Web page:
Yes, Democrats denied Trump’s legitimacy and other commentaryDecember 6, 2020
Roll tape: Yes, Dems Denied Don’s Legitimacy
New York Times columnist Paul Krugman recently claimed that Democrats “never” questioned President Trump’s legitimacy. And that, RealClearPolitics’ Carl M. Cannon snarks, is what happens to a Nobelist brain high on “hyper-partisanship.” In fact, “millions of Democrats” spent the past four years questioning “Trump’s legitimacy, as did numerous anti-Trump pundits and Obama-era US intelligence-community officials.” From the late Rep. John Lewis in 2017 (“I don’t see this president-elect as a legitimate president”) to Hillary Clinton in 2019 (Trump “knows he’s an illegitimate president”), denying Trump’s right to occupy the White House was a Democratic obsession. And, of course, Krugman did it, too. “Although the Royal Swedish Academy of Sciences hasn’t asked for its award back, a cynic might wonder if Krugman’s economics writing had the same level of intellectual rigor as his political commentary.”
Urban beat: The New Untouchables
Seattle’s city council recently considered “legislation to provide an exemption from prosecution for misdemeanor crimes for any citizen who suffers from poverty, homelessness, addiction or mental illness,” reports Christopher J. Rufo at City Journal — creating “a new class of ‘untouchables,’ protected from consequences by the city’s power brokers,” who seem bent on establishing “a ‘reverse hierarchy of oppression.’ ” To the hard left, the bill to “effectively legalize an entire spectrum of misdemeanor crimes” has the added plus of “dramatically downsizing the court system,” which they see as “a bastion of racism and oppression.” Craziest of all: A public outcry has only delayed the bill.
Conservative: Biden’s Shady DHS Nominee
Joe Biden’s pick to run Homeland Security, Alejandro Mayorkas, is “a left-wing Democrat with a history of doing favors for wealthy and politically connected people, including working to help suspected Chinese spies enter the country and convicted drug dealers get out of prison,” warns The Federalist’s Christopher Bedford. A 99-page report from the DHS inspector general covering his tenure as head of US Citizenship and Immigration Services shows Mayorkas “meddling” in the “pay-to-play citizenship model” with wealthy would-be immigrants, allegedly as a favor to figures like Hilary Clinton’s brother and then-Senate Majority Leader Harry Reid. Mayorkas denies the allegations and “says he can’t remember the substance of any of the private conversations he had with these players.” Yet his history dating back to the Clinton administration shows that “favors for the powerful” have always been his go-to strategy, and if he is approved by the Senate, those friends will undoubtedly be very happy, indeed.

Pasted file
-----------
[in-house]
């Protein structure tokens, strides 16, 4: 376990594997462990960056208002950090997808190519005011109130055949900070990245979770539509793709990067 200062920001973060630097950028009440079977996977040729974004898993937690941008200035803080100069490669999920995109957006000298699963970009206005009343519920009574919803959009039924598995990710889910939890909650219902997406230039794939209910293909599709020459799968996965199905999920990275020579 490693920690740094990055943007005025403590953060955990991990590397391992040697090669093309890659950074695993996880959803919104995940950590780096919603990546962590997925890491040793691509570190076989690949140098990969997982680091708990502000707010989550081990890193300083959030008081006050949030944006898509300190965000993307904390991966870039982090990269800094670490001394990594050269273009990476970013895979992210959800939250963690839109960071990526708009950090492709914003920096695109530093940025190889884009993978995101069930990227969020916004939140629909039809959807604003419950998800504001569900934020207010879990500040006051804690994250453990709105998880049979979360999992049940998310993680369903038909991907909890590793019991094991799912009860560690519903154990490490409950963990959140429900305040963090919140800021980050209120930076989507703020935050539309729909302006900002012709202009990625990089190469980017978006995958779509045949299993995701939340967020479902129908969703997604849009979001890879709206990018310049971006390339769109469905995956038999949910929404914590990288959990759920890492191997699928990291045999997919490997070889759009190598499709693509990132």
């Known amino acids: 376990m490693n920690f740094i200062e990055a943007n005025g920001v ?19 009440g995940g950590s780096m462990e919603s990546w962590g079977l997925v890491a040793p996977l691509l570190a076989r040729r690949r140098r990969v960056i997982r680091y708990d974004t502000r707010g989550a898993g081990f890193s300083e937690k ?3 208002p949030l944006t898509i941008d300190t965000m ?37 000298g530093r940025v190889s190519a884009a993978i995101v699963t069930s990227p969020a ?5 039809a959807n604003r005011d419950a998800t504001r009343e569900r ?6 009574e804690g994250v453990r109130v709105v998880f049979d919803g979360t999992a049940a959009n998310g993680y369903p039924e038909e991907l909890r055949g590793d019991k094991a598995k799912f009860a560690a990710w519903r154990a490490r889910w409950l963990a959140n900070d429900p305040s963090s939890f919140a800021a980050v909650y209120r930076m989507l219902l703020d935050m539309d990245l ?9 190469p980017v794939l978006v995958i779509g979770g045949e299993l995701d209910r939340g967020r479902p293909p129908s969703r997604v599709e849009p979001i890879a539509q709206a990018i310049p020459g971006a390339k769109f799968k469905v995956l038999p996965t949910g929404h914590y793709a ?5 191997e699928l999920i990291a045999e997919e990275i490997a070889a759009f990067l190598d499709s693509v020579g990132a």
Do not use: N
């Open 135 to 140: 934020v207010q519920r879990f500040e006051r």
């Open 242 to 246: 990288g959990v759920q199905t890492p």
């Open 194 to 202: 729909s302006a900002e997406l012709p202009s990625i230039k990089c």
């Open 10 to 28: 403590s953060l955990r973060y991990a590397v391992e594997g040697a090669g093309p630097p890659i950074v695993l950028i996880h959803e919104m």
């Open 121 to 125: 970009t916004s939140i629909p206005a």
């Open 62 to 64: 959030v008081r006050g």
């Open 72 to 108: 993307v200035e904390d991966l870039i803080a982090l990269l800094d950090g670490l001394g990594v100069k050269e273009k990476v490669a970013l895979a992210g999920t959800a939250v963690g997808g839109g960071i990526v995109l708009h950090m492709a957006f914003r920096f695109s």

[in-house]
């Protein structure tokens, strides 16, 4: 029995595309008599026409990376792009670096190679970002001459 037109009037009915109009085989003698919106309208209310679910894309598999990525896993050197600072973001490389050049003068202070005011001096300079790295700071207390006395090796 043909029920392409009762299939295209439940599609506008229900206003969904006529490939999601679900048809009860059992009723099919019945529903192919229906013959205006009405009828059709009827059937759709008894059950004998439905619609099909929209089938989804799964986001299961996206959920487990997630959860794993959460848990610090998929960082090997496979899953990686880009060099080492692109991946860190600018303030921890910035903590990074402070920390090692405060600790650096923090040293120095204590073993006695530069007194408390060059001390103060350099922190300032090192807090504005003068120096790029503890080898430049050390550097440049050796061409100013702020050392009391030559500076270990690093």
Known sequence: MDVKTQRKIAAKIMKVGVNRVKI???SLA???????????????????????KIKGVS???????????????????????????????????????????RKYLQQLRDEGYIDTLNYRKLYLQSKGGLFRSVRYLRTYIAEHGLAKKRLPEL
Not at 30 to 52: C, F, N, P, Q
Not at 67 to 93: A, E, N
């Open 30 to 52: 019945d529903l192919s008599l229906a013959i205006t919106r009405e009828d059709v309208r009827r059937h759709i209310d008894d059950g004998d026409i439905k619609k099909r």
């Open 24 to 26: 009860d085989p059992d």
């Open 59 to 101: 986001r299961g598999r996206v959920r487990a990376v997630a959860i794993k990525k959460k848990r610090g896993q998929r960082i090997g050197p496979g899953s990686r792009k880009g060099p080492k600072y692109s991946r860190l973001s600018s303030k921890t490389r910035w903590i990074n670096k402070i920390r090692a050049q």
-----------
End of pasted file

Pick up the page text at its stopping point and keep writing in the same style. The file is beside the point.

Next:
Archbishop: Joe’s ‘Catholic’ Scandal
At First Things, Philadelphia’s archbishop emeritus, Charles J. Chaput, says he opposes vehemently “any seeming indifference” to the problem of Joe Biden’s aggressive pro-abortion-rights stance and his receiving Communion at Mass. “Public figures who identify as ‘Catholic’ give scandal to the faithful when receiving Communion by creating the impression that the moral laws of the church are optional. And bishops give similar scandal by not speaking up publicly about the issue and danger of sacrilege.” Thus, “when bishops publicly announce their willingness to give Communion to Mr. Biden, without clearly teaching the gravity of his facilitating the evil of abortion (and his approval of same-sex relationships), they do a serious disservice to their brother bishops and their people.”
Iconoclast: Trumpism Will Live On
“For all his antics and vitriol,” observes Joel Kotkin at Spiked Online, “Trump has left a legacy that will be difficult to ignore.” The New York developer “challenged in ways not seen for a generation the comfortable establishmentarian politics of both parties.” More important, Trump “has re-established, along with his odd socialist doppelganger, Bernie Sanders, the relevance of class in American politics.” His populist views on “trade, media, economics and immigration will continue to influence politics for the next decade.”
— Compiled by The Post Editorial Board
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